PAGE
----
being a prodigy has led to certain quirks in Colin. for one, he loves creating anagrams out of words. he reads constantly, deals with a good bit of social awkwardness, and is desperately wanting his very own 'eureka' moment. when he is dumped by the 19th Katherine he's dated (he only dates Katherine's, actually), the opportunity for his eureka moment arrives - The Theorem of Underlying Katherine Predictability. the theorem will predict the future of any relationship, including who is the dumper and the dumpee.
deciding a road trip is the best way to recover from a bad breakup, and a way to avoid registering for college classes, Colin's best friend Hassan gets them on the road. along their path they discover a small town named Gutshot which promises the grave of Archduke Ferdinand (which seems odd, considering it's in Tennessee). while the grave is kind of a bust, they do meet Lindsey Lee Wells and become quickly absorbed in the Gutshot way of life. settling down sooner than they expected, Hassan and Colin are in the process of exploring the unknown, and discovering who they are and what they want from life.
i absolutely adored Looking for Alaska, and i had super high hopes for my second John Green novel. i was not let down. i really dig having a male main character as the person to relate to in the plot, and the humor and wit in the teenage dialog was both fun and genuine.
i appreciated journeying with Colin through his heartbreak, his history with the Katherines, and slowly uncovering who he is and what he wants. it was an intimate, and always hilarious, novel of self discovery and friendship. this is a read that comes off as light, but is deceivingly thoughtful and creative. it had the feel of meeting a new friend who recalls their crazy summer to you - personal, conversational, hilarious, and meaningful.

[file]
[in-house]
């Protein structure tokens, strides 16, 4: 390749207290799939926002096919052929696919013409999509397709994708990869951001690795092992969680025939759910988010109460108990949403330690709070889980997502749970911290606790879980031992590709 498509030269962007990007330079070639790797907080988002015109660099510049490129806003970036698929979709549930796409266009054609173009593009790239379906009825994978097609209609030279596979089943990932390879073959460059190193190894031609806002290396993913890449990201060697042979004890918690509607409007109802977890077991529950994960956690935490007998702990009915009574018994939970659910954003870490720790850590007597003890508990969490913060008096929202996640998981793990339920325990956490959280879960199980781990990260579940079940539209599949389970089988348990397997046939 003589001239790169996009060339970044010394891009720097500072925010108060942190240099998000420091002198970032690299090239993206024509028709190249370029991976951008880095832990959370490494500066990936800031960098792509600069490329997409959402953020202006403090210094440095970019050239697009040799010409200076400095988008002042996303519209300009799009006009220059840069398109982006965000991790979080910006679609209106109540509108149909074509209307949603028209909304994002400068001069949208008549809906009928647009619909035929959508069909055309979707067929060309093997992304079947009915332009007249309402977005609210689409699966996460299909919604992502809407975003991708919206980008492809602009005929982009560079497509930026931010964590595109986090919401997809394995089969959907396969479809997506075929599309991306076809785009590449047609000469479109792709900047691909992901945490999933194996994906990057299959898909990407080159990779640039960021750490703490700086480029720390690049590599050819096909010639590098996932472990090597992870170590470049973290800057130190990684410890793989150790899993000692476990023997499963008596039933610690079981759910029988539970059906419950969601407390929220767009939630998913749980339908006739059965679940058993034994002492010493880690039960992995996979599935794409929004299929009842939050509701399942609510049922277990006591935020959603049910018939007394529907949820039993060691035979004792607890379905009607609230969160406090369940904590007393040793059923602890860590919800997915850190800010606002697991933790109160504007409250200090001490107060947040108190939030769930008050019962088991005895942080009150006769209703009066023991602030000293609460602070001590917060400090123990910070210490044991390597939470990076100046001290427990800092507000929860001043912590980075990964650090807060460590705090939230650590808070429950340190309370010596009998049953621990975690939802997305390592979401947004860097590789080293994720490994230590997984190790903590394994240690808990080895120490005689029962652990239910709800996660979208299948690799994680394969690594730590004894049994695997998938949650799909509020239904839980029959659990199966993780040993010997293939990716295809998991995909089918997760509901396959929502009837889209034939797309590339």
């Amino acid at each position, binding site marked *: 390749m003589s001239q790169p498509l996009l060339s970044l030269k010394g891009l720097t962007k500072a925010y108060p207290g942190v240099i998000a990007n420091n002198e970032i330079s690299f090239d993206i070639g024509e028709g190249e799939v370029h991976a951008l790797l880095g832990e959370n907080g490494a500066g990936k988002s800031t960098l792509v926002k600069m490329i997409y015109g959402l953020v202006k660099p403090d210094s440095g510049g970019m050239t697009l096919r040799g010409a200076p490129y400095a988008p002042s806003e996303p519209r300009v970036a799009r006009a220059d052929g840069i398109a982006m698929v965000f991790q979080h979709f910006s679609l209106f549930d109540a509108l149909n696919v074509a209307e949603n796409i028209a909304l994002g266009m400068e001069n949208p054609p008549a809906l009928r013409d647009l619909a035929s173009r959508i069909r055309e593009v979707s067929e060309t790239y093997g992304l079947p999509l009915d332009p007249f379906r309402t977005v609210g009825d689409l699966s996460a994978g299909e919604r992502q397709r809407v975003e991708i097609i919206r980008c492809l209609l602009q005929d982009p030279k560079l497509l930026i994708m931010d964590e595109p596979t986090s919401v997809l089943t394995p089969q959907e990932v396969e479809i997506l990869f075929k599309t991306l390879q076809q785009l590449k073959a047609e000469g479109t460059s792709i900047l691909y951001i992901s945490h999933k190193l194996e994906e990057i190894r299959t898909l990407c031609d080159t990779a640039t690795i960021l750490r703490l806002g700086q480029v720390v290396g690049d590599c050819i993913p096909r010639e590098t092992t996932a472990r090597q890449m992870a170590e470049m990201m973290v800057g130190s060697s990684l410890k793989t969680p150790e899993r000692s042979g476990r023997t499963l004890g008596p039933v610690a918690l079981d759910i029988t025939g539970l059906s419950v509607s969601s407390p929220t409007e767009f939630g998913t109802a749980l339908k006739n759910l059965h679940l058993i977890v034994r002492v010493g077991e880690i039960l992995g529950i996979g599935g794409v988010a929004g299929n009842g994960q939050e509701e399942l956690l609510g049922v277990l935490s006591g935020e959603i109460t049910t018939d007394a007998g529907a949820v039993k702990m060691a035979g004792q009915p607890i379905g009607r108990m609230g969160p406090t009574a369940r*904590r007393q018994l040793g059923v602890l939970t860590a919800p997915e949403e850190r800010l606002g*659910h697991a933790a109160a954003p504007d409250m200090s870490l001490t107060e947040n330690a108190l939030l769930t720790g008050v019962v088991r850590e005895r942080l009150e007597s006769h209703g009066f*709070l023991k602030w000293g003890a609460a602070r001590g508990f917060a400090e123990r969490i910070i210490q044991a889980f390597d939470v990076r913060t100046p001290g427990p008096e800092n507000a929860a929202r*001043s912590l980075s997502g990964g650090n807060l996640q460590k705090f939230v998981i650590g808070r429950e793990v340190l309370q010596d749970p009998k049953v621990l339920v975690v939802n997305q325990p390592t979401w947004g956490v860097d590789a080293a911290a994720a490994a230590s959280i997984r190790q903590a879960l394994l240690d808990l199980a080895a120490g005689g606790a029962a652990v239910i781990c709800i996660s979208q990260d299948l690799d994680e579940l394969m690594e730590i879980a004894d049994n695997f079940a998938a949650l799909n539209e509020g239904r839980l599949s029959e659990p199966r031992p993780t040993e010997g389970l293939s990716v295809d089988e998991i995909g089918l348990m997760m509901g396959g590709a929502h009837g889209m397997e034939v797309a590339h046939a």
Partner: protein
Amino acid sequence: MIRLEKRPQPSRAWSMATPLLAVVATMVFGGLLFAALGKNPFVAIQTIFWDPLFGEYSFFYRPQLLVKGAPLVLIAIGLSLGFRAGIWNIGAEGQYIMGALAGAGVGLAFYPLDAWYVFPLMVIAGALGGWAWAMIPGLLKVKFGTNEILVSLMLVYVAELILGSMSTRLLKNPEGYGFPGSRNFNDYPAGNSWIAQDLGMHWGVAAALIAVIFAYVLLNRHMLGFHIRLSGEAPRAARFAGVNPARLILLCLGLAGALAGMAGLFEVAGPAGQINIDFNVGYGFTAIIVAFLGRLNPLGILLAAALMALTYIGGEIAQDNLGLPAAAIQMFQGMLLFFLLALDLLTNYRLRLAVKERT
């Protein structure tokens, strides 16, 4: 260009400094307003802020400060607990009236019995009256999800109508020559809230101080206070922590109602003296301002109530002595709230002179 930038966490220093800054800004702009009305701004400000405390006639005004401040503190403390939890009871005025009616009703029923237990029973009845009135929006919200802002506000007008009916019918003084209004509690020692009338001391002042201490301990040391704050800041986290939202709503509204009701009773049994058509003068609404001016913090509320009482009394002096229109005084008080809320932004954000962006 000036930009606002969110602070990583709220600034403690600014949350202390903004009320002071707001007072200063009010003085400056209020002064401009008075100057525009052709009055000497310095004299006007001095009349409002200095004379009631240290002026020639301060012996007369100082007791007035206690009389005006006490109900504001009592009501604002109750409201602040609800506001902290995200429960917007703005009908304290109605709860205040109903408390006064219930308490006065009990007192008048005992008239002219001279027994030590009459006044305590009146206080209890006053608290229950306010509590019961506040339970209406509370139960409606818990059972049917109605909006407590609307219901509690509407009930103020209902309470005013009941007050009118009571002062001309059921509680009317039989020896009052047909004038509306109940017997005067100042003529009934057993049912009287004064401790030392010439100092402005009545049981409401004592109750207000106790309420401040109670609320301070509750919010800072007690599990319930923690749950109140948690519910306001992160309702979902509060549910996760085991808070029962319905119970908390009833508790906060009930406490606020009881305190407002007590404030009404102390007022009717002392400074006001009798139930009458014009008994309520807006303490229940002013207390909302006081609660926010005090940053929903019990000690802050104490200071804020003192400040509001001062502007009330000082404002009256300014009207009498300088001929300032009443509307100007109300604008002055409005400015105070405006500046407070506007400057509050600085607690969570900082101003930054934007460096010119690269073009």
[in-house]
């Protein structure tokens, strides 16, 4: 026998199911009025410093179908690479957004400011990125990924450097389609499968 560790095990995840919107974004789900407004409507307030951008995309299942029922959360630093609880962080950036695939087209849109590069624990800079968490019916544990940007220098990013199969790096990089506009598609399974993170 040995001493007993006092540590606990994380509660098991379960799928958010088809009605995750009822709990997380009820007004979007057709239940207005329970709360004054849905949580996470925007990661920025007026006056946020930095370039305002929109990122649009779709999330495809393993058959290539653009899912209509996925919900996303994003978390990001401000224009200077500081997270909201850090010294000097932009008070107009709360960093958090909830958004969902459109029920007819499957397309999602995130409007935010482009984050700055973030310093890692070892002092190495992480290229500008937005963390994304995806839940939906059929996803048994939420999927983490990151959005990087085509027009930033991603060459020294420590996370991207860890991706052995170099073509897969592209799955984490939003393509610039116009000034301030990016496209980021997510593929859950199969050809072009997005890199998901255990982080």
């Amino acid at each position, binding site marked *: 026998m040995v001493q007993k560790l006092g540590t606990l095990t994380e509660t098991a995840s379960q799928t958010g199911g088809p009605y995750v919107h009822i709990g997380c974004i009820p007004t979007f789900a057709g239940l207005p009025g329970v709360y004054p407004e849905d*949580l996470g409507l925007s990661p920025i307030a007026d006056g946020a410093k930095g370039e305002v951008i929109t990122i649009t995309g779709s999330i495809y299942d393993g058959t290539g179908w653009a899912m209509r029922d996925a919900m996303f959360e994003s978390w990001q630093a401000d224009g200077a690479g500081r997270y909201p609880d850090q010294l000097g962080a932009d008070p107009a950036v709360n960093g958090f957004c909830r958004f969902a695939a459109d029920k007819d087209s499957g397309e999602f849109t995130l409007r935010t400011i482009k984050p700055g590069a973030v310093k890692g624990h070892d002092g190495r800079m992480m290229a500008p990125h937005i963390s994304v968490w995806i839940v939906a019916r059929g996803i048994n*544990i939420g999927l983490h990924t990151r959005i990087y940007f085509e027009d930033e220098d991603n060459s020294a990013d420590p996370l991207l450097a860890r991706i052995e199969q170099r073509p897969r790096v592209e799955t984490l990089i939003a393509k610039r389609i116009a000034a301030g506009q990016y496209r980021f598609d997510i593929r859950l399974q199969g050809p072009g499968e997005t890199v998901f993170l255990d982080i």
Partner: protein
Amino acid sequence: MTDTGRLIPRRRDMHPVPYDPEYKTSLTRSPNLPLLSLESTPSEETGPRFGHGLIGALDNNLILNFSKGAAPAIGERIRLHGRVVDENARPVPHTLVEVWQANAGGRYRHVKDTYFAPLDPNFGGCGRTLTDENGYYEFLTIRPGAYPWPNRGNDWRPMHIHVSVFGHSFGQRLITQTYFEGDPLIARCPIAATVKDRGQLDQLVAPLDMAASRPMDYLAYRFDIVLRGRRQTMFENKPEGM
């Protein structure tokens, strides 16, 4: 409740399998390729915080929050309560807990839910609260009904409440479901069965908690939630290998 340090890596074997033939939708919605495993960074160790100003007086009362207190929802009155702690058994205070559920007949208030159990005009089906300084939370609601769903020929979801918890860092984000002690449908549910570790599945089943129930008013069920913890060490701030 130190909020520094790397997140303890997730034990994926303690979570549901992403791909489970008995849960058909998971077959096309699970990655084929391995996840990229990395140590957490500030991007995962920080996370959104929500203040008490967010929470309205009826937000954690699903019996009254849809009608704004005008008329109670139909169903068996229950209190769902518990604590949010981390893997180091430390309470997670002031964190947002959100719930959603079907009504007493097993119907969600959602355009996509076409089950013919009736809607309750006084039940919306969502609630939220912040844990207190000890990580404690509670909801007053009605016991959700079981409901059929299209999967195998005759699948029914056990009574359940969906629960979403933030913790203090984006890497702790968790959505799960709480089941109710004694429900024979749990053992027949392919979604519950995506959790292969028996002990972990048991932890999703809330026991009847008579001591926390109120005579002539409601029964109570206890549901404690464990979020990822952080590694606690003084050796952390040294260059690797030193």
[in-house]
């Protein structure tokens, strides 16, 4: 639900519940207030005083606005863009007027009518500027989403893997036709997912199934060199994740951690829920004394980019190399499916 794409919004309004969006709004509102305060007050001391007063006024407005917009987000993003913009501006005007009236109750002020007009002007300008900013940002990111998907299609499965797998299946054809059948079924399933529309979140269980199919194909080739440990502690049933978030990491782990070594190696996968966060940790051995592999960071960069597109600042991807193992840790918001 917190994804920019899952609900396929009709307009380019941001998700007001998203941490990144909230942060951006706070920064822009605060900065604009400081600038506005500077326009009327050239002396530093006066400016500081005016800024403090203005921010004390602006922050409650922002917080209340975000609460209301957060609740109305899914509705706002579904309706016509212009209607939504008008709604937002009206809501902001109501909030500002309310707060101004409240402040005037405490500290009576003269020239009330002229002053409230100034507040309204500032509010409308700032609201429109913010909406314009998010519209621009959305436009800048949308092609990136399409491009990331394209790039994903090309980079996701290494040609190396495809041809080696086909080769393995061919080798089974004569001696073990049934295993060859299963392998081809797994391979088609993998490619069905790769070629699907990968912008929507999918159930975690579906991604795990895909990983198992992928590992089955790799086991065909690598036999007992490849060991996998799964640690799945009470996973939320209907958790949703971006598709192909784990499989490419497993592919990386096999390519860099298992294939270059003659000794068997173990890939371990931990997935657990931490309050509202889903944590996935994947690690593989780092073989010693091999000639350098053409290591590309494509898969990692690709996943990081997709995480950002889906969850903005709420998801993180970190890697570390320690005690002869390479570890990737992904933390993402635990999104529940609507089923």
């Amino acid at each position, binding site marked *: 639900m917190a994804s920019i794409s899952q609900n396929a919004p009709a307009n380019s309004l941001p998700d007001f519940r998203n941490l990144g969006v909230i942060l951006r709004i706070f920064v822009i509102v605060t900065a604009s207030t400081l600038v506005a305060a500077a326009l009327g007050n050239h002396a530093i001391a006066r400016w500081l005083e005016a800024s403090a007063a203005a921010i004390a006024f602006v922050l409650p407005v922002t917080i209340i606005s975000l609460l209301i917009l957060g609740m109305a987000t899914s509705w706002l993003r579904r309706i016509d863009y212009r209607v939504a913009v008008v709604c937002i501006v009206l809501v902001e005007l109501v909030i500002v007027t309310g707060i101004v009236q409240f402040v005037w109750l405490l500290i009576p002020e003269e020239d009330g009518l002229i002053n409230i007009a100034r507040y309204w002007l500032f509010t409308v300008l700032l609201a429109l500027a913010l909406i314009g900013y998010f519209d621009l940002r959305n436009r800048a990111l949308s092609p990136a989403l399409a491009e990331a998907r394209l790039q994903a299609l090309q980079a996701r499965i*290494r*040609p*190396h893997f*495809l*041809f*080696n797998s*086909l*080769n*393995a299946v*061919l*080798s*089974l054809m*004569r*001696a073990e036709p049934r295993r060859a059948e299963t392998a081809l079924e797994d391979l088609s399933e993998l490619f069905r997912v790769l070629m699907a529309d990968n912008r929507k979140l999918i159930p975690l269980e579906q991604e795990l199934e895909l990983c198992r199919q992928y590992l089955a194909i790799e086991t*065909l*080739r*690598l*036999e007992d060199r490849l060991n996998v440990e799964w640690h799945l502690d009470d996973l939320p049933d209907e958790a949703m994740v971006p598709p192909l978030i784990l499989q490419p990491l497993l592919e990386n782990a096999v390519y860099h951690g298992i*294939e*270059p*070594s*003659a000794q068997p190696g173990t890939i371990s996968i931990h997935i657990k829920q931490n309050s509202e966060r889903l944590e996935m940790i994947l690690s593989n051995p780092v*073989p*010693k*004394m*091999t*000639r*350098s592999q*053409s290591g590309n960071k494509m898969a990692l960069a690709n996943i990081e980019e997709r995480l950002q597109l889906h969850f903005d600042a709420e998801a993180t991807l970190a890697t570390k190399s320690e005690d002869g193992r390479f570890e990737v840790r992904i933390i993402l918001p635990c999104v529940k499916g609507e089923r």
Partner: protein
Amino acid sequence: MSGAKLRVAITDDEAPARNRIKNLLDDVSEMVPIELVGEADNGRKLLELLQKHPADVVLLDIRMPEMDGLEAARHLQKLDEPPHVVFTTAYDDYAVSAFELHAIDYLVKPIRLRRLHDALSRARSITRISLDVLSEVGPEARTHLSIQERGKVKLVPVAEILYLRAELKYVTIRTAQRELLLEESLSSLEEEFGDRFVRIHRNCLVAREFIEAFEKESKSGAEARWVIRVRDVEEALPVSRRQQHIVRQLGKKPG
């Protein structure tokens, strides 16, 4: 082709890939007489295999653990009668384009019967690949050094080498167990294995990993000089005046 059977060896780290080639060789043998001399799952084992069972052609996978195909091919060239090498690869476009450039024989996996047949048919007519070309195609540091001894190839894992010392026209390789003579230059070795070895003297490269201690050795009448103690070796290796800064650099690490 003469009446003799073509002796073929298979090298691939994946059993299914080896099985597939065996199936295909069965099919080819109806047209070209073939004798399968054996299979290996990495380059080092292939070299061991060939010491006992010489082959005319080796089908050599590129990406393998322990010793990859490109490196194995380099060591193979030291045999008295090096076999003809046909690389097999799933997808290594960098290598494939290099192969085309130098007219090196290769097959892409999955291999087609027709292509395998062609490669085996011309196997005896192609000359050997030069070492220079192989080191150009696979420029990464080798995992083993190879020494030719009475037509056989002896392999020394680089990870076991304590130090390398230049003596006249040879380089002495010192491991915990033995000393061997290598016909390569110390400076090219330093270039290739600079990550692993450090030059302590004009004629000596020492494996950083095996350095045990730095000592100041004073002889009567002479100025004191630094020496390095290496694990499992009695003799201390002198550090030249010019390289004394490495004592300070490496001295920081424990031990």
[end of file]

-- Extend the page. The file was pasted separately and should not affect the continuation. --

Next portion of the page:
fave quote: "The act of leaning in to kiss someone, or asking to kiss them, is fraught with the possibility of rejection, so the person least likely to get rejected should do the leaning or the asking. And that person, at least in high-school heterosexual relationships, is definitely the girl. Think about it: boys, basically, want to kiss girls. Guys want to make out. Always. Hassan aside, there's rarely a time when a boy is thinking, 'Eh, I think I'd rather not kiss a girl today.' Maybe if a guy is actually, literally on fire, he won't be thinking about hooking up. But that's about it. Whereas girls are very fickle about the business of kissing. Sometimes they want to make out; sometimes they don't. They're an impenetrable fortress of unknowability, really." (76)
fix er up: the theorem, while super cool, resolved itself in a very odd way. and i don't mean plotwise, i mean that the theorem's actual (avoiding spoilers here) resolution was unsatisfactory for me.
title: An Abudance of Katherines
author: John Green
genre: adventure, coming of age, friendship